Dismantling mass consumerism may seem a gargantuan task, but, Seraphina Simone utilises her sweetness on ‘Cherry’ to deliver a deadly blow to the ideals of the American Dream.
“Coat me in sugar, so I slip down sweet”, Simone goes straight for the jugular on ‘Cherry’, depicting easy to swallow pills and brightly coloured packaging, challenging what we’re made to believe will make us happy and asking, will it really? Tied to names such as Terence Trent D’Arby (her father), Christie Hynde and even Prince; Simone’s star-studded childhood has empowered her to reach far beyond what most young pop artists will.
Speaking about the track, Simone explains: “ ‘Cherry’ is the voice in our heads telling us we don’t have enough, telling us to want more, buy more, be richer, be thinner, be prettier, be better than everyone else. It’s that sarky bitch who’s really mean to you and you hate her but you also kind of want to be her best friend because she’s perfect and you’re a mess”.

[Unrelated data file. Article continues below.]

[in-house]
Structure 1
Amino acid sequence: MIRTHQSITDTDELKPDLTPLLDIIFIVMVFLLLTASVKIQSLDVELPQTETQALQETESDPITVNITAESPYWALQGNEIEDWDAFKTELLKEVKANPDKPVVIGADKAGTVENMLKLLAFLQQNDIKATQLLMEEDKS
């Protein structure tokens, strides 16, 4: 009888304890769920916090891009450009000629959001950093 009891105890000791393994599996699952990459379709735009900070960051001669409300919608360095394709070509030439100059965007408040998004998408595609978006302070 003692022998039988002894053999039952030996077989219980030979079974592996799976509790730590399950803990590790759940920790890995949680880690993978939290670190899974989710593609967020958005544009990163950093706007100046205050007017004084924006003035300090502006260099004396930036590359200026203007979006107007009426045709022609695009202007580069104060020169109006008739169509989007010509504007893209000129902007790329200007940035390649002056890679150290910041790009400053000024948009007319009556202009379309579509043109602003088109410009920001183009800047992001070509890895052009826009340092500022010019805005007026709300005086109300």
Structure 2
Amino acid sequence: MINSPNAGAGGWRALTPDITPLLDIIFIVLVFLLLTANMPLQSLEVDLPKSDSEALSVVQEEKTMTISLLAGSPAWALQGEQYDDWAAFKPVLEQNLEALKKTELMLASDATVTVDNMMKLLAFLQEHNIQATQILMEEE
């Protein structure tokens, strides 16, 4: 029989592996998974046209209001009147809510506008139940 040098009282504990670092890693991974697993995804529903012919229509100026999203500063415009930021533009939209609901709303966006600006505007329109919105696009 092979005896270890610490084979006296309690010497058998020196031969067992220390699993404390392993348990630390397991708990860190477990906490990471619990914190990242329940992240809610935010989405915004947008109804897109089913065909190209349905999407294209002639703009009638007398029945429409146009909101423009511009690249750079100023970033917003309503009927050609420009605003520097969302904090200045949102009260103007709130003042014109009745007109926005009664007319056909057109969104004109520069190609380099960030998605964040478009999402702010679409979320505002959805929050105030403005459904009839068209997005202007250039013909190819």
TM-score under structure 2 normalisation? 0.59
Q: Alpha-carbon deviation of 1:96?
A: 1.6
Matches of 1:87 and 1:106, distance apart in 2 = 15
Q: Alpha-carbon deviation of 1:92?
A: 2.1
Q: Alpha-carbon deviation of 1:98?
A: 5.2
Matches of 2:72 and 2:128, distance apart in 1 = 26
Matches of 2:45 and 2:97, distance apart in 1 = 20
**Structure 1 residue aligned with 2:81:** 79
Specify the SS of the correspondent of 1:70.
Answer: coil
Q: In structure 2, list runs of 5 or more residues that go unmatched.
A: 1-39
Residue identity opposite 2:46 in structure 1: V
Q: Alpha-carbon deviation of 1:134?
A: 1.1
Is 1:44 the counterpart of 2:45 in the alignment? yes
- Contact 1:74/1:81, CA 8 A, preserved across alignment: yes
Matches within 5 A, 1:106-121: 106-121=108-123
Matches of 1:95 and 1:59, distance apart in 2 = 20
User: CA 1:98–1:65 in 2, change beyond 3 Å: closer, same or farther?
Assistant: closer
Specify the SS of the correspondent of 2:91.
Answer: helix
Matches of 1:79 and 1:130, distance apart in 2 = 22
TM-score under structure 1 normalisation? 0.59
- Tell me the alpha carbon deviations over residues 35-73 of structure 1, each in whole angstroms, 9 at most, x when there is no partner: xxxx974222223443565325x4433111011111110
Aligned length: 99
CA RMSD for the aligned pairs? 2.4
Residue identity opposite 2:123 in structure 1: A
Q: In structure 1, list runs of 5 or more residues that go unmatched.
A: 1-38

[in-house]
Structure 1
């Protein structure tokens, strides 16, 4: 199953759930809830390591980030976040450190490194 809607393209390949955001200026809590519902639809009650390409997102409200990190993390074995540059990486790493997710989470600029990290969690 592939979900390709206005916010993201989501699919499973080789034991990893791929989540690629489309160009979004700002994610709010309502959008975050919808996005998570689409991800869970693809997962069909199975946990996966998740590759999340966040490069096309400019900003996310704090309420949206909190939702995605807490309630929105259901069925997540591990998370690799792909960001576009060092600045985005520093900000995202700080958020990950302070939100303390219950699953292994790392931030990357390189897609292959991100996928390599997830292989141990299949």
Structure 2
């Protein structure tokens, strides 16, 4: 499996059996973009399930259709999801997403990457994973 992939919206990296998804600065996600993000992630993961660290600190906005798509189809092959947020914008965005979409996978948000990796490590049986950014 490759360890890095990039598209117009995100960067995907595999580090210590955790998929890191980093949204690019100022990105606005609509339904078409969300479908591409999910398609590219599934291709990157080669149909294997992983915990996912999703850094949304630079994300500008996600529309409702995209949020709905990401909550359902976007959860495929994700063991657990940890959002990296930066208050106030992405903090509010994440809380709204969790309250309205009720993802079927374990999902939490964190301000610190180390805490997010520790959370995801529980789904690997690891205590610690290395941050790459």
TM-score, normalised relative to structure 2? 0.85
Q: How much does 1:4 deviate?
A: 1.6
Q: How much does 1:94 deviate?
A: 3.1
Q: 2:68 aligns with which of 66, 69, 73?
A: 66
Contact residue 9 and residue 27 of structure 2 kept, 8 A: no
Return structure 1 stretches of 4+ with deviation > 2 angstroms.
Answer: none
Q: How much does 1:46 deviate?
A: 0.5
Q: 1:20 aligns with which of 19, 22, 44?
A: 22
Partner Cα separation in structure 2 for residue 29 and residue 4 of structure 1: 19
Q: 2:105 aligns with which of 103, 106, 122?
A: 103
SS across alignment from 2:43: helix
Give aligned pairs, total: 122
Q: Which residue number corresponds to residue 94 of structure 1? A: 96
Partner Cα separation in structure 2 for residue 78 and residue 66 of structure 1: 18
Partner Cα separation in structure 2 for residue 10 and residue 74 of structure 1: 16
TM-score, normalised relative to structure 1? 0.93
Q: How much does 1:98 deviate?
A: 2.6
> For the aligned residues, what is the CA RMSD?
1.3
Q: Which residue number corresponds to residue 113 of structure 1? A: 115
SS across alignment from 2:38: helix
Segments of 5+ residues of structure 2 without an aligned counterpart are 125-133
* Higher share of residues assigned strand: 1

‘Cherry’s bold narrative is bolstered further by a smart influx of sounds from the get-go, with a pop of a can and wobbling synth hook delivering a smart and intense wave of ’80s inspired pop, flowing effortlessly throughout its three minutes. Equal parts powerful and enchanting, ‘Cherry’ walks the same path as London artists Jorga Smith, Loyel Carner or New Zealand’s Lorde, crafting music fuelled by personal battles and a desire for change, an anthem for Gen Z’ers who are ready to tackle the world head-on.